Amid congressional primary races and ahead of the November 6 election, new survey results indicate that a large majority of Democratic voters believe that promoting a "progressive agenda" should be the top priority of any Democrat running for Congress.
A CBS News/YouGov poll (pdf) asked Democrats, Independents, and those who lean toward voting for Democrats to choose between two options for what Democratic candidates' "first priority" should be. A full 72 percent said they want to see party candidates prioritize a progressive political agenda. The remaining 28 percent opted for merely opposing President Donald Trump's agenda.
Strong support for a progressive agenda was also reflected in responses to a question asked of everyone surveyed—including Republicans and Republican-leaning voters—that aimed to gauge the potential impact of endorsements: The largest amount of respondents, 29 percent, said they would be "more likely" to vote for a candidate endorsed by Sen. Bernie Sanders (I-Vt.), more than double that of House Minority Leader Nancy Pelosi.
Although 29 percent also said they would be more likely to vote for someone backed by Trump, the president and Pelosi tied at 44 percent of respondents who said an endorsement would make them "less likely" to support a candidate. Asked about their views of Trump, the largest portion—41 percent—said, "I am against Trump, period."
"We cannot defeat Trump and the Republican Party with the same playbook, or by supporting the same kind of candidates long favored by the political establishment and financial elite."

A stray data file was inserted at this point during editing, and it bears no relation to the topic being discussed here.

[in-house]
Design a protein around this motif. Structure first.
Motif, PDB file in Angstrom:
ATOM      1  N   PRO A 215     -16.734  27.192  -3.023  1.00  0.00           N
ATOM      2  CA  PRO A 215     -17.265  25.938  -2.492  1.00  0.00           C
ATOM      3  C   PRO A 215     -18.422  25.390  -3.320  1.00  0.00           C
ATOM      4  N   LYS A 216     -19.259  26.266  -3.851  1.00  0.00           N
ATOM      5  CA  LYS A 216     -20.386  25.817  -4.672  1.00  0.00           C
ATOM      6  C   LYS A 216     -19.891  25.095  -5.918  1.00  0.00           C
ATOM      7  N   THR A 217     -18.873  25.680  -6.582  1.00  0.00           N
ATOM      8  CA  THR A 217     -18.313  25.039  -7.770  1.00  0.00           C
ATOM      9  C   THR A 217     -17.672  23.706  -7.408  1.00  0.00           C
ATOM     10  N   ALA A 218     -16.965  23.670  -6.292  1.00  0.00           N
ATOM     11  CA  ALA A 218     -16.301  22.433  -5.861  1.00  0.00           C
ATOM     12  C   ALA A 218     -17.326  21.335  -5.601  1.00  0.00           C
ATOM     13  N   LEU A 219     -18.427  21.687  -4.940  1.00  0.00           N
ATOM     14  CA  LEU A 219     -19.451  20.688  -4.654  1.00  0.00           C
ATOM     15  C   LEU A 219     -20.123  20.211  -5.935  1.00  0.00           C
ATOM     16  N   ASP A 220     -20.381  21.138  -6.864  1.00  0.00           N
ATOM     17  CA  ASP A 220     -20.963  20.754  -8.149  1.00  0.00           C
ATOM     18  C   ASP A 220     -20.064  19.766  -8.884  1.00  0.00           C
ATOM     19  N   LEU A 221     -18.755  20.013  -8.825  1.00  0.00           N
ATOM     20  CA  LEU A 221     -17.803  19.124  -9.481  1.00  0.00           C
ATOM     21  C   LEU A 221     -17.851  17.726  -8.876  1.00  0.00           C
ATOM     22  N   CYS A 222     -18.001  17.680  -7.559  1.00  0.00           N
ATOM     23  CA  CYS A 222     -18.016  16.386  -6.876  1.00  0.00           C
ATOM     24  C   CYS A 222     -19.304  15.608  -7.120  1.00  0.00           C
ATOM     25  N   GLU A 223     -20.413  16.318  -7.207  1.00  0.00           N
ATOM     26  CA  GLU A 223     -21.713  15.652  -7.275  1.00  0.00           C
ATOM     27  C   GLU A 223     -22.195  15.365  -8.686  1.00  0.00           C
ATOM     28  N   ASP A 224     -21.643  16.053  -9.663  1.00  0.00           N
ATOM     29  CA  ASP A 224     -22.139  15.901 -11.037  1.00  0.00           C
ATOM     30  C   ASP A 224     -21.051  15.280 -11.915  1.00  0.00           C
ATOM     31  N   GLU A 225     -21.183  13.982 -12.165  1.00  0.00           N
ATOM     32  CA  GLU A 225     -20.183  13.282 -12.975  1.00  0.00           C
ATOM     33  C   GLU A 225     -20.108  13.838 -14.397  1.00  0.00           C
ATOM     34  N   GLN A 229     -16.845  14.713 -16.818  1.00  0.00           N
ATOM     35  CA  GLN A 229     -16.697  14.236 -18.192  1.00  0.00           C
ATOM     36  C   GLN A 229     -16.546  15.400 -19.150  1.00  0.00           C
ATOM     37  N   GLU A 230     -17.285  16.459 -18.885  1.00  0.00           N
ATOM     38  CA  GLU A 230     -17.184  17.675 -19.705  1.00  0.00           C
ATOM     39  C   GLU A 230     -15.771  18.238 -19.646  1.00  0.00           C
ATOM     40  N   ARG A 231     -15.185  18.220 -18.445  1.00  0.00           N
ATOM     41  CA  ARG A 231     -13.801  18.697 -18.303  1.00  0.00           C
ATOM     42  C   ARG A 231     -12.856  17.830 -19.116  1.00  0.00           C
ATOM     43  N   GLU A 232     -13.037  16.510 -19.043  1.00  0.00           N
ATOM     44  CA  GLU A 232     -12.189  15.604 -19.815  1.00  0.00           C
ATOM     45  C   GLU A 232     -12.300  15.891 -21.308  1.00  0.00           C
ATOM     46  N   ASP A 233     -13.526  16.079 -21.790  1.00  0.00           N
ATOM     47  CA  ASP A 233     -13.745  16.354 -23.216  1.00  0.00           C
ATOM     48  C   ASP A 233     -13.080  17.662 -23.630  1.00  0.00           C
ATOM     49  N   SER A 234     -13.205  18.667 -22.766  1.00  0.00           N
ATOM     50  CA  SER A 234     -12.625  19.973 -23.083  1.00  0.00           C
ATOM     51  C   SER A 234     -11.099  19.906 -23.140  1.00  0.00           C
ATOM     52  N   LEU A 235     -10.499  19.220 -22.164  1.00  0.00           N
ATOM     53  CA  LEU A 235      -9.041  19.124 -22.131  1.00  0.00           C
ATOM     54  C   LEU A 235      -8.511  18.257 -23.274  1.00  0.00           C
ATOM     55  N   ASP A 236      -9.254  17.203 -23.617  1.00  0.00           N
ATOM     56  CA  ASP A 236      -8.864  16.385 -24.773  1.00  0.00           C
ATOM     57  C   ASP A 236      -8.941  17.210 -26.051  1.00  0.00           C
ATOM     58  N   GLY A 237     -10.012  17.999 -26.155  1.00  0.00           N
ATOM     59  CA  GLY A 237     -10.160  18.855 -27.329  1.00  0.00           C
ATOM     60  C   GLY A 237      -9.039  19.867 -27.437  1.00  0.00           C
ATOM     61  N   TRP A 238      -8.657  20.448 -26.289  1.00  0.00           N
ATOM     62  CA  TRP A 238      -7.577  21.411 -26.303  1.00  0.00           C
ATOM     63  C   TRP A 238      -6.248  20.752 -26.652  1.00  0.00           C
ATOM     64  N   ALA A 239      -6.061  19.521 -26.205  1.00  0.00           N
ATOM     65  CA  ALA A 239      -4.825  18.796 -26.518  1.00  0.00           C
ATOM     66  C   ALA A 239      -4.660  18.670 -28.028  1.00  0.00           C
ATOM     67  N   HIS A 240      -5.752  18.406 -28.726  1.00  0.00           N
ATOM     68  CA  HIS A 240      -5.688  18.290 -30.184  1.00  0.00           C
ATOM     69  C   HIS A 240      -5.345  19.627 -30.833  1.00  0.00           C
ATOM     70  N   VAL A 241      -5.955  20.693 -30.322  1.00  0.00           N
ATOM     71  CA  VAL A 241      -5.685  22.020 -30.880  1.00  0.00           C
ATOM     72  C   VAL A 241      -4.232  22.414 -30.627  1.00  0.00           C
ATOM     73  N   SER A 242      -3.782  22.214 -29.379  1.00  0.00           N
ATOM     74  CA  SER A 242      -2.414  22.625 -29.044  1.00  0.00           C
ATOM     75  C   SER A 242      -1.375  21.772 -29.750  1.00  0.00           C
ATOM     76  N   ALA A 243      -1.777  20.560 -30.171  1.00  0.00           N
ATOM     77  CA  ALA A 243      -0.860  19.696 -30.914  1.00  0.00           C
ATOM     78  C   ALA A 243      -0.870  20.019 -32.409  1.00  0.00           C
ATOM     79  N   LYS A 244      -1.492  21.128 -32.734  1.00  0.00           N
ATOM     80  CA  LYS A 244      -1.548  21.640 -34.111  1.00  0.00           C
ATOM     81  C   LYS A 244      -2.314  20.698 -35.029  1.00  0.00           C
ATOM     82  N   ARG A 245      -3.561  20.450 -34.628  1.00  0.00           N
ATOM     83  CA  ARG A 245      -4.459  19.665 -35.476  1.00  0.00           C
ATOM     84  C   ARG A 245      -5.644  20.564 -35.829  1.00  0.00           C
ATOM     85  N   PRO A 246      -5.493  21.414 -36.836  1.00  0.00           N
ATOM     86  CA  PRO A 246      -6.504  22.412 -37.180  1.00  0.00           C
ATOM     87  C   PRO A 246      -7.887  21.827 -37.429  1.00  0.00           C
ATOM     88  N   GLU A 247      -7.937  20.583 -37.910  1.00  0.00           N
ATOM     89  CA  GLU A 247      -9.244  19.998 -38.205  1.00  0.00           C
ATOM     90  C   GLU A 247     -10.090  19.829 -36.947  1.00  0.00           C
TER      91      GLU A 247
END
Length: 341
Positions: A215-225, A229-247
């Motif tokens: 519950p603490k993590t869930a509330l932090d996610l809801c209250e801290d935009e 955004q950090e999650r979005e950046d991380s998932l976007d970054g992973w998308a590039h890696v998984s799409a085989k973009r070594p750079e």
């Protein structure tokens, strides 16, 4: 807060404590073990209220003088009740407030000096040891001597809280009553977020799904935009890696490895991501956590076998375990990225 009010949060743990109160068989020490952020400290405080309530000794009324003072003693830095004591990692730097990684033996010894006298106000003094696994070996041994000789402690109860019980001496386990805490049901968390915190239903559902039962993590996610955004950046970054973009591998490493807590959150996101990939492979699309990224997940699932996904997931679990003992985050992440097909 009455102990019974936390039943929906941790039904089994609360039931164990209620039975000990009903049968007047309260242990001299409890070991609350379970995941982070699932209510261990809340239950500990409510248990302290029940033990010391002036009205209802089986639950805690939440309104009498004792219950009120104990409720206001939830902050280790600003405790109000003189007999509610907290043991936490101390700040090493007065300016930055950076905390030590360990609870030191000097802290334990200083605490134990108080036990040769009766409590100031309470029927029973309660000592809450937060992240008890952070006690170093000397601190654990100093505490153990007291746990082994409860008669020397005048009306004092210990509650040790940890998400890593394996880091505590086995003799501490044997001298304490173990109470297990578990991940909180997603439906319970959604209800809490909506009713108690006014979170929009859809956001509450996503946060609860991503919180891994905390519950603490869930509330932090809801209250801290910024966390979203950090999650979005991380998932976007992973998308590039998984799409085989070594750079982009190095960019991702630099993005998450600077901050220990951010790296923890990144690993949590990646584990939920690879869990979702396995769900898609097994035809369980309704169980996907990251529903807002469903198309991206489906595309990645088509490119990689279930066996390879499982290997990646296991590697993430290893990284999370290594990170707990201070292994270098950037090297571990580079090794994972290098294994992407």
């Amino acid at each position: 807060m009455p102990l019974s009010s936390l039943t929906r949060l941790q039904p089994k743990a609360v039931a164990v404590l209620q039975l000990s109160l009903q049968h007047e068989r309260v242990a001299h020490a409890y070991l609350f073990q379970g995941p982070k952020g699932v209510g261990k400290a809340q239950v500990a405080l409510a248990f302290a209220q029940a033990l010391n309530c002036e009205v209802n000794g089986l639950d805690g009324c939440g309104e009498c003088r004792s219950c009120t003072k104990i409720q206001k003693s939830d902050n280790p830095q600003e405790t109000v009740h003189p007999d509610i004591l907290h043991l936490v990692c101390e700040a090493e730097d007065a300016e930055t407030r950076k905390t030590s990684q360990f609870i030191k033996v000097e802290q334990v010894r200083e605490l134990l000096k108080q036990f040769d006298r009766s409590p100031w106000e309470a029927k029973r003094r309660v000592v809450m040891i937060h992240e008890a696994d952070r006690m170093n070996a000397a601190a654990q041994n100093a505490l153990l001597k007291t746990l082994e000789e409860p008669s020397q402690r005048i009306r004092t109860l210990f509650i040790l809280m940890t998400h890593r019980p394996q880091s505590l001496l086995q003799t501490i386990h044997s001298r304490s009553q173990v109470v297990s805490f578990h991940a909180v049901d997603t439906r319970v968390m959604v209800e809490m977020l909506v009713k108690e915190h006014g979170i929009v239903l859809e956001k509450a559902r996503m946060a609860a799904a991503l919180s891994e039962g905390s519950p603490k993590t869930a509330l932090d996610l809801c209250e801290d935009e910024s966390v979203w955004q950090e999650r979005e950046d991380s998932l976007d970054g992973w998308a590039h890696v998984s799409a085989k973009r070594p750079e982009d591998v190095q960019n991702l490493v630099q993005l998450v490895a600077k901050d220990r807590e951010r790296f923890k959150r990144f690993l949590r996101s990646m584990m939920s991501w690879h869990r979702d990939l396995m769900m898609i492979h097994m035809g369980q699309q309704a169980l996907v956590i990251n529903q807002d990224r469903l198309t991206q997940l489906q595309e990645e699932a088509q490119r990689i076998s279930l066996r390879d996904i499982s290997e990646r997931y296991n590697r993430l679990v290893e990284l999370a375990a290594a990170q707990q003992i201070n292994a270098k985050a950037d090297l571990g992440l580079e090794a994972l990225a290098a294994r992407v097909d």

—Sen. Bernie Sanders (I-Vt.)
However, as the results indicate, Democratic voters want to see more than just opposition to the president; they want candidates for Congress who actually advocate for progressive policies. That momentum to propel progressives into political office has been seen in primary races throughout the nation—even as the Democratic Party establishment plots against them.
SCROLL TO CONTINUE WITH CONTENT
Get our best delivered to your inbox.
Just last week alone, as In These Times reported, "at least eight candidates running on explicitly progressive platforms won out, including open socialists and political newcomers who took out longtime incumbents." Earlier this year, Marie Newman nearly ousted Rep. Bill Lipinski (Ill.), a Blue Dog Democrat who has come under fire for his record on reproductive and LGBTQ rights, healthcare, and immigration.
The rising support for progressive policies is even present in state and local races. Staunchly positioning herself as a progressive, education activist and actress Cynthia Nixon has mounted a fierce challenge from the left to New York's Democratic governor, Andrew Cuomo.
"The 2018 midterm elections will be long remembered as a pivotal moment in American history because, if we are successful, we can put an end to the disastrous Trump agenda," Sanders said in March. "But we cannot defeat Trump and the Republican Party with the same playbook, or by supporting the same kind of candidates long favored by the political establishment and financial elite."
The only way to win back the states that swung toward Trump, and push the Democratic Party away from centrist policies, Sanders concluded, "is by supporting progressive candidates who have the guts to defend working-class families—white, black, Latino, Asian American, Native American—and take on the power and greed of the billionaire class."